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Thursday, February 21, 2008

Is There a Middle Class?

Is There a Middle Class in America ?

There is a 40 to 1 ratio between two equal halves of Americans. Half of America owns, on average, 40, the other half owns 1. This is not the egalitarian republic we wish it were. Where is there any middle in this equation?
When extended into dollars, in rough terms, this means that the average savings, the wealth, of one half of American households is $1,000,000, while the other half owns $25,000. Those are the averages. The total national wealth is over $50 trillion, and the bottom half own 2.5% of it. There are 114 million households. The wealth ratio between the top one percent and the bottom half is almost 700 to one.
Yes, the middle class has shrunk, about by 10%, over the past thirty years by the traditional measure of annual income. But that is solely a measure of annual income. Giving consideration to wealth shows a picture of really great inequality. I think that most economists and commentators do not give enough value to the importance of savings or wealth. We consider ourselves to be a nation of mostly equal citizens, even 80 percent consider themselves to be middle class. But do 80% believe they own more than $1,000,000? In fact only about 8.1% of the nation falls into that class.
Most of these details about wealth are found in the report by the U.S. Treasury, Federal Reserve Bank, Survey of Consumer Finances, Currents and Undercurrents, 2006, Arthur Kennickell, page 11 and 29.
If you want to learn more you can read the works of Edward Wolff, his book Top Heavy, or go to the web page, or
On the other hand, in regards to income reading from two books, Robert Kuttner’s The Squandering of America, page 20, and The State of Working America, 2006/2007, page 79, we learn that the incomes of the top one percent exceed the combined incomes of half the population. Sixty percent of the households take in 20.3% of the national income, and the top one percent take in 18.4%, in 2004.
We are a nation where 1 out of 8 in live poverty, 1 out of 6 forego regular medical care for lack of money, and 1 out of 3 do not have savings sufficient to survive independently for more than six months living at the poverty level.
These conditions conflict with our ideals, quite bluntly and rudely. It is far easier for many to ignore those facts. And politically there has not been an alternative available to change those facts. Yet they are easily changeable.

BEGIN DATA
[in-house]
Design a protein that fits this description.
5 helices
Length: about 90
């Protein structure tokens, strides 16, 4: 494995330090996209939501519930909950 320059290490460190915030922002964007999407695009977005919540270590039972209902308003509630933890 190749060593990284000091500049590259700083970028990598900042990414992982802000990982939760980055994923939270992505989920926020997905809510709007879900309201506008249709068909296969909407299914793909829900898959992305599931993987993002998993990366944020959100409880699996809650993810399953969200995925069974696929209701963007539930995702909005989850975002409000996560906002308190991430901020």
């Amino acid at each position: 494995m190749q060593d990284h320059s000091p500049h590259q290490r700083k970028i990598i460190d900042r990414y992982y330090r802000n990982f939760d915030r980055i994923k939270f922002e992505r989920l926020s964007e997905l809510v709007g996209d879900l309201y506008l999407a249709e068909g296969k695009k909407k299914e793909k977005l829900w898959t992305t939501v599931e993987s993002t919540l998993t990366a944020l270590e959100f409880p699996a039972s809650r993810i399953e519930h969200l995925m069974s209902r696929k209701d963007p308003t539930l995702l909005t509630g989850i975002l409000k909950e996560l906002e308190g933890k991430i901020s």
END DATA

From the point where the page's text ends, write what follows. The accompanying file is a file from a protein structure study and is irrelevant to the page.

The best idea is to create work through government sponsored employment. We did this in the 1940s with the war effort, and the result was not the repeat of the 1930s as you might guess would happen, but a decade, the 1950s, that created the best broad-based growth in U.S. history. It was the result of transfering money out of wealthy private portfolios of corporate bonds and stocks and moving it into the paychecks of Americans working for the war effort. This created a large national debt, and, more importantly, the foundation for aggregate demand that led to economic growth in the 1950s.
House Speaker Nancy Pelosi states that the “economic stimulus” passed by Congress in February, 2008, is designed to inject “demand” into the economy. This shows plainly that purchasing power, or aggregate demand, has sunk to dangerous levels, and the economy, if left alone, would spiral into depression --- which it is still in danger of doing. Aggregate demand is propped up by high wages. Why aren’t the wages high enough to sustain the economy? The genius of capitalism is that it constantly lowers costs, including labor costs, at all cost. Taken to an absurd and inhumane level capitalism will destroy the collective economy. That’s not a totally wild claim. When enough workers cut back their purchases because they can’t afford what they produce, that is a depression. Mexican autoworkers and Chinese computer assemblers know this personally. We are tending to a world society where fewer and fewer will afford what we could all afford if income and wealth were more equal. The pseudo-solution, the easy solution, is an “economic stimulus.” The economists L.Randall Wray and Frank Stricker are authorities on this problem. Also economist Jeff Madrick details the strategy of demand-led growth in an article in Challenge Magazine.
Other plans to revive equality and sustain the economy involve raising the minimum wage to a living wage, expanding the Earned Income Tax Credit, creating a labor friendly monetary policy, protecting unionization rights, changing trade policy, and together we could create an egalitarian society. Forty to one is not egalitarian. It is a shame, and a sham. Many are those who do suffer from overwork, low pay, disrupted lives, and non-marital births. Some 37%, 3 out of 8, of the children born in the U.S. in 2005 were non-marital births.
A democracy that works for all citizens must be self-informed and knowledgeable. There is good reason to push against the inequality we experience. Many young people face a future that we older Americans did not have to confront. And shouldn’t it be our responsibility to provide the most wide open path to economic security as we can?
Keep this fact in mind, a half of America owns a million dollars, and the other half owns $25,000, a 40 to one ratio.

Ben Leet --- 928 words --- February 15, 2008 --- See this blogspot for more of my essays ---